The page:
As more and more brands turn to creating experiences, we’re seeing increasingly meaningful and innovative activations. To stay ahead of the game, take a peek at some of the experience trends and movements we’re likely to see in the decade ahead.

Inclusivity

For much of advertising history, brands mainly directed their marketing efforts toward a small slice of the demographic that might buy its products or services. Today, more brands are making an effort to demonstrate that their brand embraces an array of demographics. Their advertising now includes people from a diversity of races, genders, body shapes, religions, and physical abilities.

Some marketers predict that experiential marketing will also become increasingly inclusive in the years to come. Bobby Imperial, Experiential Marketing Producer of Montage Marketing Group, advises brands to jump inside the head of every target group: “[E]nvision the activation through the eyes and mind of every attendee persona. What will they see? How will key messages be delivered? How will people be treated? Who else will be present? What accommodations will we make for their needs and those of others?”

Increased AR & VR integration

Augmented and virtual reality has been hot in experiential marketing for years, but as the technology continues to become more affordable and accessible, we’ll likely see more brands incorporating it into experiences in astonishingly unique ways across industries. AR holds the biggest potential at the moment since smartphones and tablets already have the capability to integrate this technology, whereas VR requires independent equipment. Moreover, as Catmedia points out the Pokémon Go phenomenon has only scratched the surface of the AR’s potential for fascinating consumer experiences: “With AR technology, people can be directed to nearby brick and mortar locations or easily be directed to click on something and make a purchase. This is something that is currently not easily done with VR.”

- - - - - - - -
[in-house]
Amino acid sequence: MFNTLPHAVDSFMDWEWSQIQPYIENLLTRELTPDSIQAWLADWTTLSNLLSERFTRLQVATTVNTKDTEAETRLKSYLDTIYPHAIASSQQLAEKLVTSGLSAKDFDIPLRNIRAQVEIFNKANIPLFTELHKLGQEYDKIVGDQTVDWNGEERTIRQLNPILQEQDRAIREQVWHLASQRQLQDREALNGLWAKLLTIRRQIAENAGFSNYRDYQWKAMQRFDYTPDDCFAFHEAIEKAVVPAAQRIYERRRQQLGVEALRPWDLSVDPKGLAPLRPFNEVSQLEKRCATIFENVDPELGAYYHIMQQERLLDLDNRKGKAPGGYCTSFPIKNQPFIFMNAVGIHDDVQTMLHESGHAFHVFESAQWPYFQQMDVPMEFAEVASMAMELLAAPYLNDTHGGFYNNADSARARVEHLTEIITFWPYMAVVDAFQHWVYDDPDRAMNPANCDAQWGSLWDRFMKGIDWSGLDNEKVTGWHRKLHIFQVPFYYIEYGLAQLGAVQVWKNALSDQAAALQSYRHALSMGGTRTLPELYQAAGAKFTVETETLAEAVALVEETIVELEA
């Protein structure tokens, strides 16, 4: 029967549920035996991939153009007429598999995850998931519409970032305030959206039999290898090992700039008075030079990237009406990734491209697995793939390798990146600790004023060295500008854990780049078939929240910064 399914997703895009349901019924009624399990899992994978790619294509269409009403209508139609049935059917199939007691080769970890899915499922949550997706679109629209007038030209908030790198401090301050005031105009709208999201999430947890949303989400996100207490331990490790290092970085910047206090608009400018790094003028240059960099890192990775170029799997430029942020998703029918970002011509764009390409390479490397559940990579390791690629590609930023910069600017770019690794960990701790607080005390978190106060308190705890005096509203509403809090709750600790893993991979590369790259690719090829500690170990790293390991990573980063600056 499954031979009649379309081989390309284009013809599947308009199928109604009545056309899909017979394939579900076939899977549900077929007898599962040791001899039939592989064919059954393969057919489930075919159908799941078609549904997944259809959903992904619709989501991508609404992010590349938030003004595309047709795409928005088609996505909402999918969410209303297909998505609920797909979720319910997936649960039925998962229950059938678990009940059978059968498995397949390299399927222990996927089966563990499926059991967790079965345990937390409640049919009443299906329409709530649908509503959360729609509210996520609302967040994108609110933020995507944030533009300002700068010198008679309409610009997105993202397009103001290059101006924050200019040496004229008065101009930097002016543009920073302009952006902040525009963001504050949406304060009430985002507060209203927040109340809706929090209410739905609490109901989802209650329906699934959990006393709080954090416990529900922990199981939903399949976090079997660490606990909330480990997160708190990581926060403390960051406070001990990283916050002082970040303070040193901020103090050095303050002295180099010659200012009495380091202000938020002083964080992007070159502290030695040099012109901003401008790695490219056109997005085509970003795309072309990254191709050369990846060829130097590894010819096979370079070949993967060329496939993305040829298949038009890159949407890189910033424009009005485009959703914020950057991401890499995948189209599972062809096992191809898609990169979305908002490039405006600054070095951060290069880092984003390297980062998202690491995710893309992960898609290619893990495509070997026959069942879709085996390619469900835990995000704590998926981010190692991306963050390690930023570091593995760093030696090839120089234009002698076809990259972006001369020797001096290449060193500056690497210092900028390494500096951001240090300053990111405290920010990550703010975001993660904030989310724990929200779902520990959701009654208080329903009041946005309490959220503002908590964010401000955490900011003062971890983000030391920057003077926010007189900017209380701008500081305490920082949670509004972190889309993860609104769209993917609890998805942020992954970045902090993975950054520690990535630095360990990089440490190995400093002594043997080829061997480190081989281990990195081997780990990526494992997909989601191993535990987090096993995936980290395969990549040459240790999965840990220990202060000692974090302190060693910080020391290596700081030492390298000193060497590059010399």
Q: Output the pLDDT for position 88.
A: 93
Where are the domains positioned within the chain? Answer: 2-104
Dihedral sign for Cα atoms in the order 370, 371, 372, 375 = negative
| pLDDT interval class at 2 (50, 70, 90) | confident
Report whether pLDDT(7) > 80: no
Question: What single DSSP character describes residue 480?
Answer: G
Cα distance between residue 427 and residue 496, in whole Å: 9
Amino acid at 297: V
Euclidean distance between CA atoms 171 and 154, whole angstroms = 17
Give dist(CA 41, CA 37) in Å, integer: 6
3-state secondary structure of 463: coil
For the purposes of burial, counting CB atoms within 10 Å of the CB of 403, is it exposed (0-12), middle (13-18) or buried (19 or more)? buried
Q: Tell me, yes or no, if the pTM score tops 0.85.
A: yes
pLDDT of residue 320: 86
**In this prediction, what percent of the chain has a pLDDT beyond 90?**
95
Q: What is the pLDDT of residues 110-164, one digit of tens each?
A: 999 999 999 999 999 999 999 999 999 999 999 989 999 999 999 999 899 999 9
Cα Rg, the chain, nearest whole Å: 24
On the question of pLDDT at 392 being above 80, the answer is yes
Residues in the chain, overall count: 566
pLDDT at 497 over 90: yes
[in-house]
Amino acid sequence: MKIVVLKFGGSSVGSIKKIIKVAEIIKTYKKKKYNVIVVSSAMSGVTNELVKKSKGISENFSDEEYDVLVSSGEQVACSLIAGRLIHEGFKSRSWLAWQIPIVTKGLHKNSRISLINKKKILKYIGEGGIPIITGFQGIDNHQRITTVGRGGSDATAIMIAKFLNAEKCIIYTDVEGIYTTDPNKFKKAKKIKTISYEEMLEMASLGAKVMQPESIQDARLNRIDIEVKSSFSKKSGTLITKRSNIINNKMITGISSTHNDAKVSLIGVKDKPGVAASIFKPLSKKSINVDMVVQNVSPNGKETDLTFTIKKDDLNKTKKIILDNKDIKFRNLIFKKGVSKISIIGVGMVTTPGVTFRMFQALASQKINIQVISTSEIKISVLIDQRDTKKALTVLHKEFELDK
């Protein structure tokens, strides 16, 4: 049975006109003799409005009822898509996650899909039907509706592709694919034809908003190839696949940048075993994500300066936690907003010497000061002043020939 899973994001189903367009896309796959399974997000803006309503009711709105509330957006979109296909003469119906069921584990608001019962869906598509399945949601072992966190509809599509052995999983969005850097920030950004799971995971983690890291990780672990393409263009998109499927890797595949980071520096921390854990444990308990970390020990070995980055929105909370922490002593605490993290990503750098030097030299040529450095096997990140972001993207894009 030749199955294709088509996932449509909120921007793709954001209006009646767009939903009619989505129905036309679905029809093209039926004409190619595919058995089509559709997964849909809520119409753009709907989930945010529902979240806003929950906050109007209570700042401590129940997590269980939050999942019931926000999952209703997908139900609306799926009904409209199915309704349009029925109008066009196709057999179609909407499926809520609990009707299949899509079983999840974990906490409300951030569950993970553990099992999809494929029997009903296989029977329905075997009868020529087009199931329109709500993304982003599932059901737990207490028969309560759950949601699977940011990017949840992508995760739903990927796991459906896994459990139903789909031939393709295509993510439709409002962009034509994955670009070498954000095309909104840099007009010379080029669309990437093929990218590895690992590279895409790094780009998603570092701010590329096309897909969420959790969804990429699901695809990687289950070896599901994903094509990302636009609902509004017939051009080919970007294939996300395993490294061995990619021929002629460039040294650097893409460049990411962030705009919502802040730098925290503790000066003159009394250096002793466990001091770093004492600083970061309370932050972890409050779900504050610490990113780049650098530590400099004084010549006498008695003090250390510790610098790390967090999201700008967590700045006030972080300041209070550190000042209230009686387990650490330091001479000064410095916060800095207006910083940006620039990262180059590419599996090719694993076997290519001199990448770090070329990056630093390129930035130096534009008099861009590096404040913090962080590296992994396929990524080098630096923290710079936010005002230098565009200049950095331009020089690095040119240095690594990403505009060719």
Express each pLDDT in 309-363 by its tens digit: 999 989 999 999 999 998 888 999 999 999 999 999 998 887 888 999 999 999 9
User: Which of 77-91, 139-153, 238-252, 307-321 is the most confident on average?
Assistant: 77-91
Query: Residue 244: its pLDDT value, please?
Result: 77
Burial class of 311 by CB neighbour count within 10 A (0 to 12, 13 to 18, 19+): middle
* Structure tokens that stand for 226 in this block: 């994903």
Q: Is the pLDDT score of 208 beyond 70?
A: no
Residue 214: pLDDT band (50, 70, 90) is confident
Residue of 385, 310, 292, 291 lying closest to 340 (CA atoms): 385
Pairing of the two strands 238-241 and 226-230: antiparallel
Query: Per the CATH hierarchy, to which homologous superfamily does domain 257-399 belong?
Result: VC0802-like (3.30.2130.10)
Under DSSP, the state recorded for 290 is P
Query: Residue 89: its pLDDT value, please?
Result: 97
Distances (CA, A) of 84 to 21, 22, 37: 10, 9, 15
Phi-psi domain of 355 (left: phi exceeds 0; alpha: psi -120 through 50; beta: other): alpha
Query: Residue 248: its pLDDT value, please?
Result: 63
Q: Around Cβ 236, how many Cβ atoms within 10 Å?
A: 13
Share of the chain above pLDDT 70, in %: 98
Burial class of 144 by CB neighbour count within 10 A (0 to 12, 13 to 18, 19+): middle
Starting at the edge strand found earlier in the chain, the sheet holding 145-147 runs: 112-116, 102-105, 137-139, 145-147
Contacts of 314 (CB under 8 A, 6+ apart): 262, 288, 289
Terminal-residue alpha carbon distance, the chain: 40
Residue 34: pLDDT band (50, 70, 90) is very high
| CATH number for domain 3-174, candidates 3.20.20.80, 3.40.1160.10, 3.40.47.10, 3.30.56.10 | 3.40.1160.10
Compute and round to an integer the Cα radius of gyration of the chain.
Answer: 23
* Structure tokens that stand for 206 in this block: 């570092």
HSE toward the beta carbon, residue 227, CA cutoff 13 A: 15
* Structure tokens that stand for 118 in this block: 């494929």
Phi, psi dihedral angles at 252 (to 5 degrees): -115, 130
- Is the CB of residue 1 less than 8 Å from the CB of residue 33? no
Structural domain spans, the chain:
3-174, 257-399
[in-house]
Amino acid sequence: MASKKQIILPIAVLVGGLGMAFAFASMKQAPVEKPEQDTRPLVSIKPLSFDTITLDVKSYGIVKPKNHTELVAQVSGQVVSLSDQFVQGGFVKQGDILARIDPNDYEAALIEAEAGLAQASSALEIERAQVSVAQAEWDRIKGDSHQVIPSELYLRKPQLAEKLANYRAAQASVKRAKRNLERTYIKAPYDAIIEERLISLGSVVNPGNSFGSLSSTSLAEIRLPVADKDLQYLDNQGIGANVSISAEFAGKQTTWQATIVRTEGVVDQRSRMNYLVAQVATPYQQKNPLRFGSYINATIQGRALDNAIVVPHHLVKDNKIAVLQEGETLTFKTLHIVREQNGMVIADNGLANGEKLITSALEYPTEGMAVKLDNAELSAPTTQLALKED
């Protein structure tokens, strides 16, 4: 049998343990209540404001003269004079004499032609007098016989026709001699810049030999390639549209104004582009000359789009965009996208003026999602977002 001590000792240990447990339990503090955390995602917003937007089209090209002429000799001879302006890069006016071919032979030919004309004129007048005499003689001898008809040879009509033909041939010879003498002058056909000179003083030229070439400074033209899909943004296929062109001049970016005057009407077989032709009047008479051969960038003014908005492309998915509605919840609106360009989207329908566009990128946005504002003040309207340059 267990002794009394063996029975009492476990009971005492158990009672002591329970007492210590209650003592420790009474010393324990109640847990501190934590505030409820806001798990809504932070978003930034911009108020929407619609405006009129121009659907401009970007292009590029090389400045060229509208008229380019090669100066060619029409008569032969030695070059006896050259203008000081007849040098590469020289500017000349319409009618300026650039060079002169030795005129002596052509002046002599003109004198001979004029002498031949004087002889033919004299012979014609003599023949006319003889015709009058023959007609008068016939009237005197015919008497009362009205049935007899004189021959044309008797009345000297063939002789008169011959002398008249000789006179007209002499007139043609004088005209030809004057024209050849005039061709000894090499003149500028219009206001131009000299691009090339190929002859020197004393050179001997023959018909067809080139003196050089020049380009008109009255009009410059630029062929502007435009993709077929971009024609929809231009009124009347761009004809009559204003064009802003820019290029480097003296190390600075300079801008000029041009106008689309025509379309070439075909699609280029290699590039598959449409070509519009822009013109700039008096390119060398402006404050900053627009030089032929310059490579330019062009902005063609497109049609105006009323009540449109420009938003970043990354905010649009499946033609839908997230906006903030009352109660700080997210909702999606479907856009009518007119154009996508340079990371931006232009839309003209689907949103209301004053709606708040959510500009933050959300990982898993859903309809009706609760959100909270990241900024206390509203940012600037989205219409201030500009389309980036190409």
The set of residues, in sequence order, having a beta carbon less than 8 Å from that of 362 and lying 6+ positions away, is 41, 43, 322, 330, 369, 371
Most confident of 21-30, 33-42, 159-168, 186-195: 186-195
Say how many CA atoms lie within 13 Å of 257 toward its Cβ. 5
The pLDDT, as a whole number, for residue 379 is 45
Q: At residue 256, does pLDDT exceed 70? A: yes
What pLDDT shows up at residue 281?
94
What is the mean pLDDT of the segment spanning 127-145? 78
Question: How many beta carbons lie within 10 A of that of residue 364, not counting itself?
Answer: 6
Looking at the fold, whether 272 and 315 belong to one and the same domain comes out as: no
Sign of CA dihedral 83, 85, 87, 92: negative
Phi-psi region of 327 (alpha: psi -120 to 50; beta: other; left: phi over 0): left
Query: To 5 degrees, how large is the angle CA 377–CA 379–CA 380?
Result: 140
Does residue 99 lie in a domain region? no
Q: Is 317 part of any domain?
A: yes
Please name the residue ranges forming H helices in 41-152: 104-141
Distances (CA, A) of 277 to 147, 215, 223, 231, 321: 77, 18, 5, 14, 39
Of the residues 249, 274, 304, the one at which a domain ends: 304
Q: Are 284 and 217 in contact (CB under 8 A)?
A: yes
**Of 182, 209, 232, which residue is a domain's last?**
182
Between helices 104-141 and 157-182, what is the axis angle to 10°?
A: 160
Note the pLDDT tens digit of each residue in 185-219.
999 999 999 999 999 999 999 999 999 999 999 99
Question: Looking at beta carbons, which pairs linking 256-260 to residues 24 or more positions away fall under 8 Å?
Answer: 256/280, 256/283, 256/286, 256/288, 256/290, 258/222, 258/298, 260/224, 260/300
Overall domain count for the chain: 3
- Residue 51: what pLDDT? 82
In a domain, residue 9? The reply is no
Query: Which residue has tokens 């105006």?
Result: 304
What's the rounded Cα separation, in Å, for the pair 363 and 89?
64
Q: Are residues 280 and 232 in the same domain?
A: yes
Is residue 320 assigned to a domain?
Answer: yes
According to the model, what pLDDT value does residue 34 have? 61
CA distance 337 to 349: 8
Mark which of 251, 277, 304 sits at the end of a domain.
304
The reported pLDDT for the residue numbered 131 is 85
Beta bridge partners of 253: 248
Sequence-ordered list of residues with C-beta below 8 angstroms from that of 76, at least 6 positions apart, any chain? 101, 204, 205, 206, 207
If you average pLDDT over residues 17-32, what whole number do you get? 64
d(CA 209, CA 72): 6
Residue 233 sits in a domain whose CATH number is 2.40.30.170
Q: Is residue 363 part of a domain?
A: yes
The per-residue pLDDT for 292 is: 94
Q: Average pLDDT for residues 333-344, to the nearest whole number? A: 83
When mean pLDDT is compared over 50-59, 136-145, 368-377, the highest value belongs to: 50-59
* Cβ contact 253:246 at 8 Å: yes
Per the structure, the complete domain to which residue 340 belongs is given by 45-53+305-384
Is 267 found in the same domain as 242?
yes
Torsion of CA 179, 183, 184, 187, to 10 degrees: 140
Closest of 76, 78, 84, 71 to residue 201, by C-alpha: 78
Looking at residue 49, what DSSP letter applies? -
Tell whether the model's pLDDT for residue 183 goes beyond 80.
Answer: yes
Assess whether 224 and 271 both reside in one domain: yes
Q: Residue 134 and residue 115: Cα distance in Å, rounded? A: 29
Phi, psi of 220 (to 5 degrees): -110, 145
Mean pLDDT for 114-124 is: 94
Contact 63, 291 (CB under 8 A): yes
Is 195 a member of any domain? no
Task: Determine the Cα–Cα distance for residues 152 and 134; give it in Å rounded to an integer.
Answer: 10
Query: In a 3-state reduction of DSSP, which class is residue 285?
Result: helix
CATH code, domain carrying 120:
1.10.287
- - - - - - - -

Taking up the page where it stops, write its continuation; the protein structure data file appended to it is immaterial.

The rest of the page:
Local Integration

A growing number of brands are capitalizing on local talent to enhance their experiences, according to AgencyEA. Choosing to incorporate local talent into experiences can offer numerous advantages, including giving the experience a local feel, rousing community support and pride, promoting sustainability, and lowering costs. It also provides the experience with an authentic, original flavor that will be appealing for out-of-town attendees.

Sustainable practices

There’s no question that consumers prefer brands that care about environmental issues and sustainability these days. In a 2018 Nielsen study, 81% of global respondents, across gender lines and generations, reported feeling strongly that companies should help improve the environment. As consumers demand for sustainability increases, experience marketing will likely increasingly respond to such demands. Lucy Stratton, VP of Business Development at Agency AE, notes: “When sustainability is an authentic component of an event, attendees take notice. It can have a big positive impact for the brand–and the environment.”

Conclusion

Thanks for reading this book! We hope that you’ve gained fresh insights into experiential marketing and that your mind is now churning with exciting new experience ideas to thrill your customers and differentiate your brand.